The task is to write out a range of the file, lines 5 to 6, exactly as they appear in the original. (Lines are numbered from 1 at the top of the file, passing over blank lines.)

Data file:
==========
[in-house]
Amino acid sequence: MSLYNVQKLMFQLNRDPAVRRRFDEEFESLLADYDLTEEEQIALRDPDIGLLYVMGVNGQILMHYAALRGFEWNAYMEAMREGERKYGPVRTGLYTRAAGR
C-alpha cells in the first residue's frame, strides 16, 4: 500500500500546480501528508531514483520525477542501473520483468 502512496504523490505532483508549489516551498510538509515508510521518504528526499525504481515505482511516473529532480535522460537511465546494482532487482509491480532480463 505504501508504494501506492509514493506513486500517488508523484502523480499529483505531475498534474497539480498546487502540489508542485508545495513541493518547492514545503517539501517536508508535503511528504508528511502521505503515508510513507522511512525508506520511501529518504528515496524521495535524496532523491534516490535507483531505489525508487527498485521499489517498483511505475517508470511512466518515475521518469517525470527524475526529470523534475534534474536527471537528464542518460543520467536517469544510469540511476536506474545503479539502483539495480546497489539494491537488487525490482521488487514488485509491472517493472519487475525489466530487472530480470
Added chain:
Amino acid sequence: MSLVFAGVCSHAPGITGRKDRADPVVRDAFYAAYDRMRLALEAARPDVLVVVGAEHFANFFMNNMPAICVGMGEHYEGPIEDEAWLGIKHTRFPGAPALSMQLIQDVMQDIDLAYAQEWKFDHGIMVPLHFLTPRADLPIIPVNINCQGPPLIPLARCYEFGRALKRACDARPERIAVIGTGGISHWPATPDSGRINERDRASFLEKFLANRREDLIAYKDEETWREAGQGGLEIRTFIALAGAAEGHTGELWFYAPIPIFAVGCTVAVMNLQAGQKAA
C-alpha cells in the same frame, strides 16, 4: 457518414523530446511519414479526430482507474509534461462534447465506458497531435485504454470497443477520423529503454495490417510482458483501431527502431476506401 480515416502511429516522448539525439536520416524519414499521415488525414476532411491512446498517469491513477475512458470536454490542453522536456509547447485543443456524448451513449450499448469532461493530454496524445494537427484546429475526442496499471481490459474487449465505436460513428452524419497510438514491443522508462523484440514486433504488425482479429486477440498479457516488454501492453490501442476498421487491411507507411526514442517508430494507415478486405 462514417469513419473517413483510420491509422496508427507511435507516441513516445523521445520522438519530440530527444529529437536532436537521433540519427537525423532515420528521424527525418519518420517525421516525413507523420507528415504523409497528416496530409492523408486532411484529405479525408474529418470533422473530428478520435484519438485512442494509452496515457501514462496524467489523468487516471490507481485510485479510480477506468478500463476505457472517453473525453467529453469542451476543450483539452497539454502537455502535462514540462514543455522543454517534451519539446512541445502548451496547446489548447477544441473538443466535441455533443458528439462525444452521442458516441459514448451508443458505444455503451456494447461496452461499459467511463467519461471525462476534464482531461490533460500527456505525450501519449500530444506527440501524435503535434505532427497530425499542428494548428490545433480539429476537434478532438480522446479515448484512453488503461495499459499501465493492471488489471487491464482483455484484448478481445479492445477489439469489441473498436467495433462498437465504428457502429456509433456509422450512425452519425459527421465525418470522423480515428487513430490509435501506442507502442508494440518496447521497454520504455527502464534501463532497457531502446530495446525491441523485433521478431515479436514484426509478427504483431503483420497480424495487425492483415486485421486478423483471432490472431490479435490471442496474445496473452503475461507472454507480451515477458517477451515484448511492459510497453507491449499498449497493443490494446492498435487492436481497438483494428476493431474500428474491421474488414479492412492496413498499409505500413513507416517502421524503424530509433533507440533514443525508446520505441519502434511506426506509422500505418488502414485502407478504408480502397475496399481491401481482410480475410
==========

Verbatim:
Amino acid sequence: MSLVFAGVCSHAPGITGRKDRADPVVRDAFYAAYDRMRLALEAARPDVLVVVGAEHFANFFMNNMPAICVGMGEHYEGPIEDEAWLGIKHTRFPGAPALSMQLIQDVMQDIDLAYAQEWKFDHGIMVPLHFLTPRADLPIIPVNINCQGPPLIPLARCYEFGRALKRACDARPERIAVIGTGGISHWPATPDSGRINERDRASFLEKFLANRREDLIAYKDEETWREAGQGGLEIRTFIALAGAAEGHTGELWFYAPIPIFAVGCTVAVMNLQAGQKAA
C-alpha cells in the same frame, strides 16, 4: 457518414523530446511519414479526430482507474509534461462534447465506458497531435485504454470497443477520423529503454495490417510482458483501431527502431476506401 480515416502511429516522448539525439536520416524519414499521415488525414476532411491512446498517469491513477475512458470536454490542453522536456509547447485543443456524448451513449450499448469532461493530454496524445494537427484546429475526442496499471481490459474487449465505436460513428452524419497510438514491443522508462523484440514486433504488425482479429486477440498479457516488454501492453490501442476498421487491411507507411526514442517508430494507415478486405 462514417469513419473517413483510420491509422496508427507511435507516441513516445523521445520522438519530440530527444529529437536532436537521433540519427537525423532515420528521424527525418519518420517525421516525413507523420507528415504523409497528416496530409492523408486532411484529405479525408474529418470533422473530428478520435484519438485512442494509452496515457501514462496524467489523468487516471490507481485510485479510480477506468478500463476505457472517453473525453467529453469542451476543450483539452497539454502537455502535462514540462514543455522543454517534451519539446512541445502548451496547446489548447477544441473538443466535441455533443458528439462525444452521442458516441459514448451508443458505444455503451456494447461496452461499459467511463467519461471525462476534464482531461490533460500527456505525450501519449500530444506527440501524435503535434505532427497530425499542428494548428490545433480539429476537434478532438480522446479515448484512453488503461495499459499501465493492471488489471487491464482483455484484448478481445479492445477489439469489441473498436467495433462498437465504428457502429456509433456509422450512425452519425459527421465525418470522423480515428487513430490509435501506442507502442508494440518496447521497454520504455527502464534501463532497457531502446530495446525491441523485433521478431515479436514484426509478427504483431503483420497480424495487425492483415486485421486478423483471432490472431490479435490471442496474445496473452503475461507472454507480451515477458517477451515484448511492459510497453507491449499498449497493443490494446492498435487492436481497438483494428476493431474500428474491421474488414479492412492496413498499409505500413513507416517502421524503424530509433533507440533514443525508446520505441519502434511506426506509422500505418488502414485502407478504408480502397475496399481491401481482410480475410